Carlson believes that this quality is something that other forms of public art — such as murals, graffiti and publicly-funded visual installations — as wonderful as they may be, can’t offer in the same way. In particular, music and movement together bring a certain kind of deep resonance — one that resonates into our very mirror neurons, the part of us that leads us to have empathy and meaningful connection with each other.
Getting at this powerful tie of music and movement, Carlson shares how a musician friend said “music was originally made to make people dance, so why did that ever stop? We need to get back to that!” That magic of art forms coming and creating a unique resonance should be available to all people, as we all have souls and deserve that magic in our life, these two artists firmly believe. Artists have been doing this “ensouling” since our species’ primitive days, Carlson affirms — thus, there’s something truthful and organic in doing so.
These powerful truths hit them both after that event at the ACE Hotel, and they knew that they wanted to keep making work like this — joining live music and movement outside of the proscenium arch and making it available to all people. Their next The DanceBands performance was held this past January, at De Construkt in Red Hook. They then sights on February 13, and a vision for The DanceBands beyond that. They want to increase the demographic diversity of performers under their umbrella, develop relationships with artists and venues, refine their artistic practice from both of those forces, and keep at the work of maintaining the accessibility of their art.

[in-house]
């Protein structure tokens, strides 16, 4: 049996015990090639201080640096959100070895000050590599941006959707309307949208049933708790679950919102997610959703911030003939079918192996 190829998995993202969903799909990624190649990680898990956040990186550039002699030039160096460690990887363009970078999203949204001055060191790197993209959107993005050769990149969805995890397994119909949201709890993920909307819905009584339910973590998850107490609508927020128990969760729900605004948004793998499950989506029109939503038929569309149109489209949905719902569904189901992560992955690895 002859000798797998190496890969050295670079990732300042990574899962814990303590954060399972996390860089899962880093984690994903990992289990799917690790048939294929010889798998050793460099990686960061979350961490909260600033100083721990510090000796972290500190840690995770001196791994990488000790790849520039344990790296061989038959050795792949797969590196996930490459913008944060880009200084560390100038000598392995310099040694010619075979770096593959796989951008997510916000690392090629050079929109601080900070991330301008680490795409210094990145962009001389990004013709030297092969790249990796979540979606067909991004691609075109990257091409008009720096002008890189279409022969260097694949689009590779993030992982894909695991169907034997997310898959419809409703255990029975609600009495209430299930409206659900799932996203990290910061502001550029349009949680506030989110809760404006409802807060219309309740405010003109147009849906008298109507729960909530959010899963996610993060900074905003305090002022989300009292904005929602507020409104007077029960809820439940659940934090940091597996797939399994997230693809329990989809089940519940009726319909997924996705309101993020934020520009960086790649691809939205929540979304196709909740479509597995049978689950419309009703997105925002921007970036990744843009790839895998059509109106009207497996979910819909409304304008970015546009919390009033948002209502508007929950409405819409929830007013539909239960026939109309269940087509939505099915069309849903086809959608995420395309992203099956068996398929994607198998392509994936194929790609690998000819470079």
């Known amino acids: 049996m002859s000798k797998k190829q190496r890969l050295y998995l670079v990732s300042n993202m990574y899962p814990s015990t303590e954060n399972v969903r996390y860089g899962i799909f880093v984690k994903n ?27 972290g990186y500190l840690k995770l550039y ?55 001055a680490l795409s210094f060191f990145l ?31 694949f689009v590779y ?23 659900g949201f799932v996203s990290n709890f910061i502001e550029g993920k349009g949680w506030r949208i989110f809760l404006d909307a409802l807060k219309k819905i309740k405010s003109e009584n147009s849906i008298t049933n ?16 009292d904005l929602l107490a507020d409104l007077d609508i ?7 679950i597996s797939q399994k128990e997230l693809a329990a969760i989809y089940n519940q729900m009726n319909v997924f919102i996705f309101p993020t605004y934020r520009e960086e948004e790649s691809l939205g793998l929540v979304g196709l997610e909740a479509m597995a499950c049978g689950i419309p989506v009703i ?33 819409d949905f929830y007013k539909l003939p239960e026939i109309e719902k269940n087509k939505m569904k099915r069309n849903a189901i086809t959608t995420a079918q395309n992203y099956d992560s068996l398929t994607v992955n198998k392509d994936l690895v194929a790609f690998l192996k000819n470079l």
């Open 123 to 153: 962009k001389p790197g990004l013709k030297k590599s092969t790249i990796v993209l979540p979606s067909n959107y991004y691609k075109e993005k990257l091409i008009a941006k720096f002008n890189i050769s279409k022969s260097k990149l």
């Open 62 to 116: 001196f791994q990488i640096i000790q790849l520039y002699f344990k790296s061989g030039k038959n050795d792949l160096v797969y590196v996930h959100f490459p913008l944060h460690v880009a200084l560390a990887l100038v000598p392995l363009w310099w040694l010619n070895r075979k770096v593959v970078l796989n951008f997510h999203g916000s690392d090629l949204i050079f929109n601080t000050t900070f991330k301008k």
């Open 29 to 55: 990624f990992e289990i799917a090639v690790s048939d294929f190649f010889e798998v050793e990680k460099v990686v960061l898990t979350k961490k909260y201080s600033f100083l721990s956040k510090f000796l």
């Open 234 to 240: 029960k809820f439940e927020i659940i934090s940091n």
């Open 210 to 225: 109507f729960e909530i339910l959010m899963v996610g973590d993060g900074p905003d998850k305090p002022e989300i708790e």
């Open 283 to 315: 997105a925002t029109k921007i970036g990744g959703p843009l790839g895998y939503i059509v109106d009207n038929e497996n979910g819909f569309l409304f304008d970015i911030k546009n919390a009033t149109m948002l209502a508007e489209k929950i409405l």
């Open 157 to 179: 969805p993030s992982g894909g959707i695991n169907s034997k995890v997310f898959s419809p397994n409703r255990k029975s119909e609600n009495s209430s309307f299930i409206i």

One could understand other artists and administrators wondering how they hope to offer sliding scale tickets and equitably pay artists. Umali advocates for creative thinking and fresh approaches — thinking outside of the box of how things have conventionally been done. As one aspect, presenting in non-traditional spaces eliminates the high cost of a proscenium stage venue (which can be a substantial budget line item for dance artists in particular). Carlson appreciates a non-commercial approach, as he’s been saddened to see music grow more and more commercialized, he shares.
In fact, Umali wants to spark discussions on art, finances, socioeconomic classes and accessibility — what is a respectful and reasonable price to charge for a ticket, for instance. From where she stands here, she’s “not interested in charging $50 for a ticket.” At the same time, she believes that those who can feasibly afford to support the arts — through donations, through boosting ticket sales, through serving on boards — should do so. She thinks that such fair generosity can make art sustainable for all people — an important standard, as she sees it as a public good. “Art goes away if we don’t give it food and drink,” she affirms. It seems clear that The DanceBands is doing its part there.
For more information on The DanceBands, head to www.kodalab.org/event-info/night-of-dancebands.
By Kathryn Boland of Dance Informa.